Oscar Wilde may have believed that “Life imitates Art far more than Art imitates Life,” but this hackneyed statement was recently turned on its head when Lethia Cobbs unveiled her installation, “Dollandia,” at the Long Beach Public Library. The piece — which depicts a white police officer doll pointing his fingers as a gun at a black armless doll lying on the ground — prompted immediate backlash from library staff. So much so, that the staffer in charge of art exhibits asked her to remove the doll from the collection because it was “too controversial”.

It’s difficult for both free speech organizations and art enthusiasts alike to witness such a blatant disregard for First Amendment rights and artistic expression, especially when the art in question embodies a vital political and social issue. Cobbs  — who was told to be “edgy” — was trying to incite viewers to start an important conversation about race and law enforcement: “It’s me wanting to say something. It’s thought-provoking,” she said. Especially in an environment such as a library, art exhibits should stimulate the mind and heart, not provoke censorship and ignorance.

Thankfully, this past January, a library official contacted Cobbs and asked her to return the doll to the display, citing a “misunderstanding”. In response, the National Coalition Against Censorship (NCAC) along with the American Library Association (ALA)’s Office for Intellectual Freedom and the ACLU of Southern California sent the below letter to Mayor Robert Garcia, applauding the decision. The organizations also offer their “assistance in preparing guidelines for the display of art in libraries” in the hopes that incidents of censorship become few and far between.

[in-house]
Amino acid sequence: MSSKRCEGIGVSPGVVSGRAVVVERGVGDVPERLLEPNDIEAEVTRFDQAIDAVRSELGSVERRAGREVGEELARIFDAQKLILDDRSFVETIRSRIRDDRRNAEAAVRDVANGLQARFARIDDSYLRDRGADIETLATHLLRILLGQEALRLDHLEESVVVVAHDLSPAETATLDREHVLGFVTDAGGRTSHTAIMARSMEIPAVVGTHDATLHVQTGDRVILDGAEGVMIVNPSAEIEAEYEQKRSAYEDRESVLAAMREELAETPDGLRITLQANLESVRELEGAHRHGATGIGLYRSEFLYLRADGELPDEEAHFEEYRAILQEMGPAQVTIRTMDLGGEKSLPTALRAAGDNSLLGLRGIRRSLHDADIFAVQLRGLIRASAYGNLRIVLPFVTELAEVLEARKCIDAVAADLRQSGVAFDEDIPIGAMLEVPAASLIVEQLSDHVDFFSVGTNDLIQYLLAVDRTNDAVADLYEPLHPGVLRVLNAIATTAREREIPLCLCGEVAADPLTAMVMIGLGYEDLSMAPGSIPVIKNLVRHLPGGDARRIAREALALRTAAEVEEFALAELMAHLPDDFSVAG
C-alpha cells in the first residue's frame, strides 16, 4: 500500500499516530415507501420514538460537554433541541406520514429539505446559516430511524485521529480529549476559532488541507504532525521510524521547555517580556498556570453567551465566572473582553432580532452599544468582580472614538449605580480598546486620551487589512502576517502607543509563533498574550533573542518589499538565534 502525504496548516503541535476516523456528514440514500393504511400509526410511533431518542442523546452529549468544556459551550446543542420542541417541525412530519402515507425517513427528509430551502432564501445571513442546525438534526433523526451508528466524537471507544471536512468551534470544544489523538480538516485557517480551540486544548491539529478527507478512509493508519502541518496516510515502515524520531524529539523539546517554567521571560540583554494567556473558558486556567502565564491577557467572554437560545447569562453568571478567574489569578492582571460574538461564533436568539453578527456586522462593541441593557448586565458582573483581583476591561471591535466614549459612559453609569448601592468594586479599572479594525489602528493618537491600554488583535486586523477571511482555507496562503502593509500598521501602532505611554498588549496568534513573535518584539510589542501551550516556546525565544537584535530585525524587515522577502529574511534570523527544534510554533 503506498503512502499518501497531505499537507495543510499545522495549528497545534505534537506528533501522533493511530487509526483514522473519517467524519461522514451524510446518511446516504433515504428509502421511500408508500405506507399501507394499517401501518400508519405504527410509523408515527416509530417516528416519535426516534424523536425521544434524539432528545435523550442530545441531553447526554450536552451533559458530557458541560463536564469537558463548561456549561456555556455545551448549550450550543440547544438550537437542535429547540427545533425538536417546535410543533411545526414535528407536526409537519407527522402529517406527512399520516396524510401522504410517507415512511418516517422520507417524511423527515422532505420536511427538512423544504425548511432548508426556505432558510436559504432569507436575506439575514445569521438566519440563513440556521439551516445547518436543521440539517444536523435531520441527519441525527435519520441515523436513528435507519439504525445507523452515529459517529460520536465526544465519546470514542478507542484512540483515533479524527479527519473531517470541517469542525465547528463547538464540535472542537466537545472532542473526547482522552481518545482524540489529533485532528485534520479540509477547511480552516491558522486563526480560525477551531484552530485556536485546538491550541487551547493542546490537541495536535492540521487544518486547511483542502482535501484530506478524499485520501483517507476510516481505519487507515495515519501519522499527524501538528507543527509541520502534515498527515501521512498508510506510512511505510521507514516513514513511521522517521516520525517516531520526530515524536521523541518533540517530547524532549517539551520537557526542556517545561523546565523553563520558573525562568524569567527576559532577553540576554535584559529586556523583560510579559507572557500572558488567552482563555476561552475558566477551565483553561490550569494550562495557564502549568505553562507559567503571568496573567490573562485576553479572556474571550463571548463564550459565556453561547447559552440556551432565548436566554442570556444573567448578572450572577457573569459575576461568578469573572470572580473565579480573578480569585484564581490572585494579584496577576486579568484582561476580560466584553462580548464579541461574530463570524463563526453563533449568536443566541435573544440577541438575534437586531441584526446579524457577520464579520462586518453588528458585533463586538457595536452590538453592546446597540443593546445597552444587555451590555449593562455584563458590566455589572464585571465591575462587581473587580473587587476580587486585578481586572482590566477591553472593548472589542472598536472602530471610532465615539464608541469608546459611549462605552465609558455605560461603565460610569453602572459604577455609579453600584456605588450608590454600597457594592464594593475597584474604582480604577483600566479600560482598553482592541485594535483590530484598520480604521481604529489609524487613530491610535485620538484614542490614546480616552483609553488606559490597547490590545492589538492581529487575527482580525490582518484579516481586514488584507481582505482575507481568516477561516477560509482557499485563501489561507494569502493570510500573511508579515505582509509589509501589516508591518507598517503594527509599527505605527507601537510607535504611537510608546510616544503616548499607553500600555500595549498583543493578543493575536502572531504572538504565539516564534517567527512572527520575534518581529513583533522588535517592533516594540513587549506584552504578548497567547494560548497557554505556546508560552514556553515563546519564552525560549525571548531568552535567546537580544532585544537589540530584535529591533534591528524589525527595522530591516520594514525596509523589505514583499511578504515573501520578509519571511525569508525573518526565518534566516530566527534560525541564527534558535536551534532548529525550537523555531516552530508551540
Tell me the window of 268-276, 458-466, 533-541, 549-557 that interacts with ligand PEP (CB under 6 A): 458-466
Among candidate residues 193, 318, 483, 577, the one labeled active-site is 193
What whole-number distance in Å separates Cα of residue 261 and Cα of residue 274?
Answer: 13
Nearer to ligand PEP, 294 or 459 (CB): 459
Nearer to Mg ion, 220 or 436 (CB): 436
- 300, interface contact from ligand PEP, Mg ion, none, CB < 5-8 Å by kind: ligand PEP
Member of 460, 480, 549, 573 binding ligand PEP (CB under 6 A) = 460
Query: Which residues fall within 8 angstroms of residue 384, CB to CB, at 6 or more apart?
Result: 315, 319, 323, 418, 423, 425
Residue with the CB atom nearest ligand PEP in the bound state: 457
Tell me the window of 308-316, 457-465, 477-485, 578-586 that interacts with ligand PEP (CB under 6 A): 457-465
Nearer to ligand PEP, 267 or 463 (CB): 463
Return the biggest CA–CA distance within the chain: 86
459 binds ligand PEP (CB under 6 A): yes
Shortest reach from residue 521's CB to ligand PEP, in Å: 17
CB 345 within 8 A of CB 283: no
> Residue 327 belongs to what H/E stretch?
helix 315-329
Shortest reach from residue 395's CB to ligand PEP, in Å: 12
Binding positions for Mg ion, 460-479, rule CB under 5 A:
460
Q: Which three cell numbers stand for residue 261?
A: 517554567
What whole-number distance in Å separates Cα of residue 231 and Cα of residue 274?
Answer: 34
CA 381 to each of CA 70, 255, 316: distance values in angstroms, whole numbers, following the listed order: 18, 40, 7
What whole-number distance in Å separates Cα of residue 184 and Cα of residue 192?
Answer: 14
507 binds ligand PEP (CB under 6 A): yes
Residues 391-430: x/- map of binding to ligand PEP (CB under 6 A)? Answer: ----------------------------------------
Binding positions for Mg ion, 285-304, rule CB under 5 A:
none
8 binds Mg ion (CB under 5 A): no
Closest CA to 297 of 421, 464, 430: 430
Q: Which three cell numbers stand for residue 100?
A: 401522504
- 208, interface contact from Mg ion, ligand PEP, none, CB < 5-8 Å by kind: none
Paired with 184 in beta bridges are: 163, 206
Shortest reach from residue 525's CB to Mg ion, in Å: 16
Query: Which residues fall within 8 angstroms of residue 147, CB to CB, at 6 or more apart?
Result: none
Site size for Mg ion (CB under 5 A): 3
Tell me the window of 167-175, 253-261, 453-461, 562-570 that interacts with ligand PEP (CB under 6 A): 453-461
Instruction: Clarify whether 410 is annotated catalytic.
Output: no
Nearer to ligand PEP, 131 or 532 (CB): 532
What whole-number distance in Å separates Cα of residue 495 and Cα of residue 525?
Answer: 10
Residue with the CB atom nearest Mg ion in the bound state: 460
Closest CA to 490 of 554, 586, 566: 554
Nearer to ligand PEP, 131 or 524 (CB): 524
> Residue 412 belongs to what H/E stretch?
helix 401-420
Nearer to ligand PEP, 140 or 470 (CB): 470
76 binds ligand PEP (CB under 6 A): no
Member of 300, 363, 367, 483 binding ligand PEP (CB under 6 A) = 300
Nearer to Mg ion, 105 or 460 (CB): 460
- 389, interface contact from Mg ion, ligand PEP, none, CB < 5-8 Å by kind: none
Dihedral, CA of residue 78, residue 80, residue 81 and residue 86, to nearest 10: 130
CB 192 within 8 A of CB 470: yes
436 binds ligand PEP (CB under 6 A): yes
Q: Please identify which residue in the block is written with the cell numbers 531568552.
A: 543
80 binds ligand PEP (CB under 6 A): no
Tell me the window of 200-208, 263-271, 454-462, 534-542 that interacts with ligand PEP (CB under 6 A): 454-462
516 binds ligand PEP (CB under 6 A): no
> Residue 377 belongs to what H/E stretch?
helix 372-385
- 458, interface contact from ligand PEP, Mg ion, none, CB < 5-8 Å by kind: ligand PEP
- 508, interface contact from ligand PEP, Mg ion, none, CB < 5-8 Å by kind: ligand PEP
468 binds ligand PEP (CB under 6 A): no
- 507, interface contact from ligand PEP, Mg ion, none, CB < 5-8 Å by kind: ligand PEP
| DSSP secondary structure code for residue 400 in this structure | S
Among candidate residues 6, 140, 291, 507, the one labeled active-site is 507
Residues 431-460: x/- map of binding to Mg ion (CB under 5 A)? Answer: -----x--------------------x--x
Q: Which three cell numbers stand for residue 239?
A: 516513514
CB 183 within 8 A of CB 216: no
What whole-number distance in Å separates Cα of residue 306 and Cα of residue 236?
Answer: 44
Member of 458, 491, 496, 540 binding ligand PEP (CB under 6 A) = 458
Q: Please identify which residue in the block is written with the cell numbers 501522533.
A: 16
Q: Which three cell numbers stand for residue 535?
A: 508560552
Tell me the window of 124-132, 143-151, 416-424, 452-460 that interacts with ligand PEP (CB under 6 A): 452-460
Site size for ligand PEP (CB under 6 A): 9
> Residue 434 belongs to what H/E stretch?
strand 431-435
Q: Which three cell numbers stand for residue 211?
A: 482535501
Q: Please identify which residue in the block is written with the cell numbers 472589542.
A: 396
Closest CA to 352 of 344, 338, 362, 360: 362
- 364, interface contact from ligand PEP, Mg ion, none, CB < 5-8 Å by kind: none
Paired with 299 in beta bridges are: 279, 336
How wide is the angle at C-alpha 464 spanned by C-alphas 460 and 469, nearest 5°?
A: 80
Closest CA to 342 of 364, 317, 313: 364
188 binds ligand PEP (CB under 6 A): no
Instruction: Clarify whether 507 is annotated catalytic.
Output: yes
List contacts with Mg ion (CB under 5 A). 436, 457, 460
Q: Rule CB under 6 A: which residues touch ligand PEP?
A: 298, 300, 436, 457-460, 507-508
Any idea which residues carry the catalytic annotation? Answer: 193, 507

While it is important to gather support when iterating the need to protect free expression, we believe that Cobbs herself said it best as she stood by a display in the library bringing awareness to banned books: “There’s great irony in them having the book burning exhibit and what happened to me.” We can’t agree more.

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